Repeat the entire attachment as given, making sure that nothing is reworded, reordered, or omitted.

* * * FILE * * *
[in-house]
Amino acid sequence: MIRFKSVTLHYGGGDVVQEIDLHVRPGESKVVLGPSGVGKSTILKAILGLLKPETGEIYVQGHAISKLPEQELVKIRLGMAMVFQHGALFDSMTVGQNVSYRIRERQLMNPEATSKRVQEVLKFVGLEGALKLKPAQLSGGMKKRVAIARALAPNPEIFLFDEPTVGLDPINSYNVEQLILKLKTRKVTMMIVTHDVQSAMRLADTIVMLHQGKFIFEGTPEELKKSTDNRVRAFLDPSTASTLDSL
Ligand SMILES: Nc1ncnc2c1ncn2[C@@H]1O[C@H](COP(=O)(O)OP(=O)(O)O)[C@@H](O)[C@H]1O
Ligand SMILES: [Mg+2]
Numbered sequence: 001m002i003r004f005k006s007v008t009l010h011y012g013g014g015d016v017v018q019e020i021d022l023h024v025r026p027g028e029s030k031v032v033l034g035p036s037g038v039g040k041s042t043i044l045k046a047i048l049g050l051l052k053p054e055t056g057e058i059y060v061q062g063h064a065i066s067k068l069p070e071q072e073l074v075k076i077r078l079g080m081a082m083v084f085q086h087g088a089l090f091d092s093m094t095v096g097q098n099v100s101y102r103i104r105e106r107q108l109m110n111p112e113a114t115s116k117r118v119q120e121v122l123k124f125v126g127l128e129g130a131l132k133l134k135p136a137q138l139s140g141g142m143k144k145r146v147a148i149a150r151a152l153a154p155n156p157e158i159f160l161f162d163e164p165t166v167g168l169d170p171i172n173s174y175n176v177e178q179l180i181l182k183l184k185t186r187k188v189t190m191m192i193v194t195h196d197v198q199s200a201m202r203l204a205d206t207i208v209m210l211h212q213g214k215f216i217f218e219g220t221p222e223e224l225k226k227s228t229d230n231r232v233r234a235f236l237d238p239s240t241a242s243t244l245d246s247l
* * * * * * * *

[in-house]
Amino acid sequence: MIRFKSVTLHYGGGDVVQEIDLHVRPGESKVVLGPSGVGKSTILKAILGLLKPETGEIYVQGHAISKLPEQELVKIRLGMAMVFQHGALFDSMTVGQNVSYRIRERQLMNPEATSKRVQEVLKFVGLEGALKLKPAQLSGGMKKRVAIARALAPNPEIFLFDEPTVGLDPINSYNVEQLILKLKTRKVTMMIVTHDVQSAMRLADTIVMLHQGKFIFEGTPEELKKSTDNRVRAFLDPSTASTLDSL
Ligand SMILES: Nc1ncnc2c1ncn2[C@@H]1O[C@H](COP(=O)(O)OP(=O)(O)O)[C@@H](O)[C@H]1O
Ligand SMILES: [Mg+2]
Numbered sequence: 001m002i003r004f005k006s007v008t009l010h011y012g013g014g015d016v017v018q019e020i021d022l023h024v025r026p027g028e029s030k031v032v033l034g035p036s037g038v039g040k041s042t043i044l045k046a047i048l049g050l051l052k053p054e055t056g057e058i059y060v061q062g063h064a065i066s067k068l069p070e071q072e073l074v075k076i077r078l079g080m081a082m083v084f085q086h087g088a089l090f091d092s093m094t095v096g097q098n099v100s101y102r103i104r105e106r107q108l109m110n111p112e113a114t115s116k117r118v119q120e121v122l123k124f125v126g127l128e129g130a131l132k133l134k135p136a137q138l139s140g141g142m143k144k145r146v147a148i149a150r151a152l153a154p155n156p157e158i159f160l161f162d163e164p165t166v167g168l169d170p171i172n173s174y175n176v177e178q179l180i181l182k183l184k185t186r187k188v189t190m191m192i193v194t195h196d197v198q199s200a201m202r203l204a205d206t207i208v209m210l211h212q213g214k215f216i217f218e219g220t221p222e223e224l225k226k227s228t229d230n231r232v233r234a235f236l237d238p239s240t241a242s243t244l245d246s247l